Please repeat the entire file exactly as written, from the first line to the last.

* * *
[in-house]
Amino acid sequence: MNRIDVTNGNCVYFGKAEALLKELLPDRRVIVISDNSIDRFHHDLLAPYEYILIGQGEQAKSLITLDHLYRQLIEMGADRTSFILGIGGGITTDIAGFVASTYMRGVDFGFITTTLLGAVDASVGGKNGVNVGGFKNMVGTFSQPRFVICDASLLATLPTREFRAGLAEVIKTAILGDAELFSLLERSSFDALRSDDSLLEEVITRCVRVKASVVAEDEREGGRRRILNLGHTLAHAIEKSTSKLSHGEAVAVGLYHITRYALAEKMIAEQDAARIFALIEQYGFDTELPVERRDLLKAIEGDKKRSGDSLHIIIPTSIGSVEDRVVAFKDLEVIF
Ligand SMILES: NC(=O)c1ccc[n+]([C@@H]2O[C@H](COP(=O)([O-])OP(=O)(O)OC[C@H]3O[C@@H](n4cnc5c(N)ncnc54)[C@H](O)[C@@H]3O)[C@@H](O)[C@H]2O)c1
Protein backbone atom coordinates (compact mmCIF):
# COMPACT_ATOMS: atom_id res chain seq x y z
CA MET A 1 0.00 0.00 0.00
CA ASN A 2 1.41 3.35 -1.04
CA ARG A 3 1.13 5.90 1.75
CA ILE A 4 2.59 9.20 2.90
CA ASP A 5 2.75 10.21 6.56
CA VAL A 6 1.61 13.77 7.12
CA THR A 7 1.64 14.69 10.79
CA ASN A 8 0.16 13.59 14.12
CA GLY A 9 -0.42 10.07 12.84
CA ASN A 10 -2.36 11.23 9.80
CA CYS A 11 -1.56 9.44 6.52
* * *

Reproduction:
[in-house]
Amino acid sequence: MNRIDVTNGNCVYFGKAEALLKELLPDRRVIVISDNSIDRFHHDLLAPYEYILIGQGEQAKSLITLDHLYRQLIEMGADRTSFILGIGGGITTDIAGFVASTYMRGVDFGFITTTLLGAVDASVGGKNGVNVGGFKNMVGTFSQPRFVICDASLLATLPTREFRAGLAEVIKTAILGDAELFSLLERSSFDALRSDDSLLEEVITRCVRVKASVVAEDEREGGRRRILNLGHTLAHAIEKSTSKLSHGEAVAVGLYHITRYALAEKMIAEQDAARIFALIEQYGFDTELPVERRDLLKAIEGDKKRSGDSLHIIIPTSIGSVEDRVVAFKDLEVIF
Ligand SMILES: NC(=O)c1ccc[n+]([C@@H]2O[C@H](COP(=O)([O-])OP(=O)(O)OC[C@H]3O[C@@H](n4cnc5c(N)ncnc54)[C@H](O)[C@@H]3O)[C@@H](O)[C@H]2O)c1
Protein backbone atom coordinates (compact mmCIF):
# COMPACT_ATOMS: atom_id res chain seq x y z
CA MET A 1 0.00 0.00 0.00
CA ASN A 2 1.41 3.35 -1.04
CA ARG A 3 1.13 5.90 1.75
CA ILE A 4 2.59 9.20 2.90
CA ASP A 5 2.75 10.21 6.56
CA VAL A 6 1.61 13.77 7.12
CA THR A 7 1.64 14.69 10.79
CA ASN A 8 0.16 13.59 14.12
CA GLY A 9 -0.42 10.07 12.84
CA ASN A 10 -2.36 11.23 9.80
CA CYS A 11 -1.56 9.44 6.52